To be a good art forger, make them believe

When giving an interview, the art forger 
Wolfgang Beltracch displayed "a healthy 
amount of what the Germans call 
Selbstgefälligkeit, or self-satisfaction."

Learn how the con-artist painter Wolfgang Beltracch conned the art world. The beginning:
...He enjoyed some early success as a painter in his own right, contributing three works to a prestigious art exhibition in Munich in 1978. But, by his own admission, he was more drawn to the outlaw life. One day during his wanderings, he bought a pair of winter landscapes by an unknown 18th-century Dutch painter for $250 apiece. Fischer had noticed that tableaus from the period which depicted ice skaters sold for five times the price of those without ice skaters. In his atelier, he carefully painted a pair of skaters into the scenes and resold the canvases for a considerable profit. Thirty years ago, fakes were even harder to detect than they are now, he tells me. “They weren’t the first ones I made, but they were an important step.” Soon he was purchasing old wooden frames and painting ice-skating scenes from scratch, passing them off as the works of old masters.
Eventually, after years of creating forgeries, he was caught, and received a light jail sentence. How was he able to get away with it for so long?
Today, critics are divided about how good a fraudster Beltracchi was. Daniel Filipacchi says he remains impressed by Beltracchi’s talent. “He’s a genius. The Forest (2) is very, very well done, and the other ‘Max Ernsts’ that I’ve seen are all amazing paintings.” Werner Spies agrees: “They can only be described as the work of a brilliant forger.” But Aya Soika thinks Beltracchi’s greatest talent is as a self-promoter. She notes that his use of a projector suggests that at least some of his work was the result of meticulous duplication rather than artistic creativity. Ralph Jentsch dismisses the bulk of Beltracchi’s forgeries as “rubbish” and “crude fakes.” Scoffing at Beltracchi’s self-portrayal as a brilliant role player who inhabited the minds of great artists, Jentsch says Beltracchi approached painting like “someone decorating a Christmas tree. Add some lights here, some balls there. An artist doesn’t work like that.” So how did so many art experts fall for Beltracchi’s rubbish for so long? Jentsch traces the failure to sloppiness, laziness, and in some cases, a powerful desire to believe. The Beltracchis cleverly exploited the blindness and gullibility that pervades the high-stakes world of art, where connoisseurship and provenance can get lost in the frenzy of excitement over a new find. They also took advantage of the particular circumstances in Germany, where the Nazi past can perversely be used as a sort of shortcut to legitimacy—tapping, as well, into deep reservoirs of German guilt and loss. The Beltracchis, Jentsch says, were “very clever . . . from a psychological standpoint. They thought, How can we make people believe our story?” And, he concludes, “they carried it off brilliantly.”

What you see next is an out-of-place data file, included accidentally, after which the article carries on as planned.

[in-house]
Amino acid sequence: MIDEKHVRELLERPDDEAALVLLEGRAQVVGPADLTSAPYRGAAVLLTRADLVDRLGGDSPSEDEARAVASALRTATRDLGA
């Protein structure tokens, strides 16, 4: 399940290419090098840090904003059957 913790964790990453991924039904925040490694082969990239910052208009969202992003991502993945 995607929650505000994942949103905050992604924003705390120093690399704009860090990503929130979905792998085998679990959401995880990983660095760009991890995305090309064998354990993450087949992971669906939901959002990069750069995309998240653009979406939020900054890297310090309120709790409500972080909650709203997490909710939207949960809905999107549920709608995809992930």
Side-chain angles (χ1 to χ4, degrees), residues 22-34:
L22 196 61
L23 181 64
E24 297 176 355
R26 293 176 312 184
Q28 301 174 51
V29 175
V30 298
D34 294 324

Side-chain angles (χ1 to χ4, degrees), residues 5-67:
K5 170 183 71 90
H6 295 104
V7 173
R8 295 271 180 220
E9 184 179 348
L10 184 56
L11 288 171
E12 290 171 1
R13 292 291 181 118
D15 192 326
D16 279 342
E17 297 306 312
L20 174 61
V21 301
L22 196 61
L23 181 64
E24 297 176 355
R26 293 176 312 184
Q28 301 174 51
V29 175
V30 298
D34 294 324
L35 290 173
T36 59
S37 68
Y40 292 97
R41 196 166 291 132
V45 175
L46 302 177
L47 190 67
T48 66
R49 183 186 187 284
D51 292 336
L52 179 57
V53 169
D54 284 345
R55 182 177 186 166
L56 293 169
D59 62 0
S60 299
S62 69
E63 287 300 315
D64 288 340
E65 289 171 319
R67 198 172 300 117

Read the story: The Greatest Fake-Art Scam in History? One of his forgeries hung in a show at the Met. Steve Martin bought another of his fake paintings. Still others have sold at auction for multi-million-dollar prices. So how did a self-described German hippie pull off one of the biggest, most lucrative cons in art-world history? And how did he get nailed? Vanity Fair>>

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